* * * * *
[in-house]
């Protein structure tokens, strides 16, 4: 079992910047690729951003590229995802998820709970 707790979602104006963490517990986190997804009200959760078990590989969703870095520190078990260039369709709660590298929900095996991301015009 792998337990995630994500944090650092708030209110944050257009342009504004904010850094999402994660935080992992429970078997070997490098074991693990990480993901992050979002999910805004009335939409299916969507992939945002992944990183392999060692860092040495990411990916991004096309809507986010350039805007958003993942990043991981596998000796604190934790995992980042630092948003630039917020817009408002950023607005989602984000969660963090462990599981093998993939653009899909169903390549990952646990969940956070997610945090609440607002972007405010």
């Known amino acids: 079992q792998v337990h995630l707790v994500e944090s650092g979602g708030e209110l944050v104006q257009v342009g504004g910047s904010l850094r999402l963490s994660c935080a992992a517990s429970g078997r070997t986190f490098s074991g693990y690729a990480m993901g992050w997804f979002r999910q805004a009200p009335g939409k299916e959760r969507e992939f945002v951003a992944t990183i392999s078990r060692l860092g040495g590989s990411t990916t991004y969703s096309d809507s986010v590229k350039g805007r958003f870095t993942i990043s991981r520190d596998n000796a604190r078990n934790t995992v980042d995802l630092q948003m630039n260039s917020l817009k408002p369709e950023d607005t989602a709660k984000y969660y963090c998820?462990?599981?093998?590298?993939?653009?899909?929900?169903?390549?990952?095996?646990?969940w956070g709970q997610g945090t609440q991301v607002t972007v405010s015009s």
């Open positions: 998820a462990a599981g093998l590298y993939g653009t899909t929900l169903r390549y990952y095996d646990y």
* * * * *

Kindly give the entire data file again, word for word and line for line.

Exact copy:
[in-house]
């Protein structure tokens, strides 16, 4: 079992910047690729951003590229995802998820709970 707790979602104006963490517990986190997804009200959760078990590989969703870095520190078990260039369709709660590298929900095996991301015009 792998337990995630994500944090650092708030209110944050257009342009504004904010850094999402994660935080992992429970078997070997490098074991693990990480993901992050979002999910805004009335939409299916969507992939945002992944990183392999060692860092040495990411990916991004096309809507986010350039805007958003993942990043991981596998000796604190934790995992980042630092948003630039917020817009408002950023607005989602984000969660963090462990599981093998993939653009899909169903390549990952646990969940956070997610945090609440607002972007405010």
């Known amino acids: 079992q792998v337990h995630l707790v994500e944090s650092g979602g708030e209110l944050v104006q257009v342009g504004g910047s904010l850094r999402l963490s994660c935080a992992a517990s429970g078997r070997t986190f490098s074991g693990y690729a990480m993901g992050w997804f979002r999910q805004a009200p009335g939409k299916e959760r969507e992939f945002v951003a992944t990183i392999s078990r060692l860092g040495g590989s990411t990916t991004y969703s096309d809507s986010v590229k350039g805007r958003f870095t993942i990043s991981r520190d596998n000796a604190r078990n934790t995992v980042d995802l630092q948003m630039n260039s917020l817009k408002p369709e950023d607005t989602a709660k984000y969660y963090c998820?462990?599981?093998?590298?993939?653009?899909?929900?169903?390549?990952?095996?646990?969940w956070g709970q997610g945090t609440q991301v607002t972007v405010s015009s």
């Open positions: 998820a462990a599981g093998l590298y993939g653009t899909t929900l169903r390549y990952y095996d646990y």